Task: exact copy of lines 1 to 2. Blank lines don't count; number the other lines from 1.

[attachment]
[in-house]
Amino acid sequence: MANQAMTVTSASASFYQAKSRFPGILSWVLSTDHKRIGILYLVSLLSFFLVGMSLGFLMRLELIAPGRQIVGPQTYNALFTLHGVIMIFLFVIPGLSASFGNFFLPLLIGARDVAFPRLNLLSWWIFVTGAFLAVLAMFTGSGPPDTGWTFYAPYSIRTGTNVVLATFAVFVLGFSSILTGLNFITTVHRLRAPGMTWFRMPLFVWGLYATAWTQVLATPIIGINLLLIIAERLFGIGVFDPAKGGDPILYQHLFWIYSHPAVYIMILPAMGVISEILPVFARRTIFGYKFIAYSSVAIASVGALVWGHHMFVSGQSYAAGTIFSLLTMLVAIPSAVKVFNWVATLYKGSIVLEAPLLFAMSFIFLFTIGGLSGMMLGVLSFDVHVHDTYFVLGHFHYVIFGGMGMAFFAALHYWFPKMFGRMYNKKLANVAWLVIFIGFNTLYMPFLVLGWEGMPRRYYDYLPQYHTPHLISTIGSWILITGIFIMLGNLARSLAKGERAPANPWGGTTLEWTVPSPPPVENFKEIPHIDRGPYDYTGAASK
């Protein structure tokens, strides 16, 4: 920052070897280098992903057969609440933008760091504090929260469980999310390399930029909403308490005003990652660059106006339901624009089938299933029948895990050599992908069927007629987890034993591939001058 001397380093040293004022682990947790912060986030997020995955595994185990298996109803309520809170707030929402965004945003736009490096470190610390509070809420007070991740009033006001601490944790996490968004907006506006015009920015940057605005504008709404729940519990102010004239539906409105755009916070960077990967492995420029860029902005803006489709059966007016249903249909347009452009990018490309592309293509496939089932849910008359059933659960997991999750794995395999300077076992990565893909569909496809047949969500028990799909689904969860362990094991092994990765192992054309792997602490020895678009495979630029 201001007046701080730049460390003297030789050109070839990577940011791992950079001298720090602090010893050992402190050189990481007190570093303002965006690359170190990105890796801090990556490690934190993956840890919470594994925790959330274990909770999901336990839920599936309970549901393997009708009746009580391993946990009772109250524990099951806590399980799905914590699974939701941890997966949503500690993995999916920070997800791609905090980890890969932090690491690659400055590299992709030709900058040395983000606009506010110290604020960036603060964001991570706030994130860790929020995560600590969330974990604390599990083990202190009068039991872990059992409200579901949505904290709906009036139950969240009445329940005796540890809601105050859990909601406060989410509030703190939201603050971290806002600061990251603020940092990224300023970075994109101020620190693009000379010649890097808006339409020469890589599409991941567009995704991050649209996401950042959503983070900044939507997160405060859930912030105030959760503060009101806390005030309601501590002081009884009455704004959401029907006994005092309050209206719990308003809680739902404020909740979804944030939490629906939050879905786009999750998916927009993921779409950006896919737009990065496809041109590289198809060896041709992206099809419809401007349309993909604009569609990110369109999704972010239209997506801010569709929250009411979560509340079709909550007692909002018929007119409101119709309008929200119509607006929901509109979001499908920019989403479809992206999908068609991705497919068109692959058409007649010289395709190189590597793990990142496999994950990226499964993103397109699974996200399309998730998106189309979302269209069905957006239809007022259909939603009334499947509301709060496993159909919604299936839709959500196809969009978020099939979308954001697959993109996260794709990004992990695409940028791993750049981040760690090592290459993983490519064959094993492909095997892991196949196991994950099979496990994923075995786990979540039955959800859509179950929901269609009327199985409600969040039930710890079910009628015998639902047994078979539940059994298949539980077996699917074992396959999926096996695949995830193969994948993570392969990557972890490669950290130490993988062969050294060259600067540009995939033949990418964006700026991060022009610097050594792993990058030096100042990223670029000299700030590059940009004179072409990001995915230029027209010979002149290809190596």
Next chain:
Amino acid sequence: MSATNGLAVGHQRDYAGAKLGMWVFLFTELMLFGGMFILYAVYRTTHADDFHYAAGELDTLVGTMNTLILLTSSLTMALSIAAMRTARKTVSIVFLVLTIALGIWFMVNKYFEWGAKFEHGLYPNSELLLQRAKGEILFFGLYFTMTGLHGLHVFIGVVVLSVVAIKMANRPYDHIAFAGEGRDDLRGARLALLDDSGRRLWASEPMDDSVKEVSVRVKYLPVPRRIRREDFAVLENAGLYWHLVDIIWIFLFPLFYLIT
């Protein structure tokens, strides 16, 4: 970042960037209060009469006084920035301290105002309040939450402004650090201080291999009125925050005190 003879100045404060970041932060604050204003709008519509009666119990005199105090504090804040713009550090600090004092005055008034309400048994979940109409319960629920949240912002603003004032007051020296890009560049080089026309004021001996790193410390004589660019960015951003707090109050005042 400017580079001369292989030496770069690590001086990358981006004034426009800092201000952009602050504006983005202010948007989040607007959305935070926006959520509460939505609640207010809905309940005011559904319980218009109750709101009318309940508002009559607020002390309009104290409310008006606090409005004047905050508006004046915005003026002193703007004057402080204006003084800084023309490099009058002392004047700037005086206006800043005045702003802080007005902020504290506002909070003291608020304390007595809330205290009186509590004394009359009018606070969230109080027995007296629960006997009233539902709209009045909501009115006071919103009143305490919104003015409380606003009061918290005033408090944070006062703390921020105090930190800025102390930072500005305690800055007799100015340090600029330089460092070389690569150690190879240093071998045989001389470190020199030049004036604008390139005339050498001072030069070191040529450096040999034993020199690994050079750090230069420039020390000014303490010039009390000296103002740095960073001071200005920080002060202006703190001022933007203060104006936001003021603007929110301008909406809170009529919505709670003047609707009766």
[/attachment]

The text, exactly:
[in-house]
Amino acid sequence: MANQAMTVTSASASFYQAKSRFPGILSWVLSTDHKRIGILYLVSLLSFFLVGMSLGFLMRLELIAPGRQIVGPQTYNALFTLHGVIMIFLFVIPGLSASFGNFFLPLLIGARDVAFPRLNLLSWWIFVTGAFLAVLAMFTGSGPPDTGWTFYAPYSIRTGTNVVLATFAVFVLGFSSILTGLNFITTVHRLRAPGMTWFRMPLFVWGLYATAWTQVLATPIIGINLLLIIAERLFGIGVFDPAKGGDPILYQHLFWIYSHPAVYIMILPAMGVISEILPVFARRTIFGYKFIAYSSVAIASVGALVWGHHMFVSGQSYAAGTIFSLLTMLVAIPSAVKVFNWVATLYKGSIVLEAPLLFAMSFIFLFTIGGLSGMMLGVLSFDVHVHDTYFVLGHFHYVIFGGMGMAFFAALHYWFPKMFGRMYNKKLANVAWLVIFIGFNTLYMPFLVLGWEGMPRRYYDYLPQYHTPHLISTIGSWILITGIFIMLGNLARSLAKGERAPANPWGGTTLEWTVPSPPPVENFKEIPHIDRGPYDYTGAASK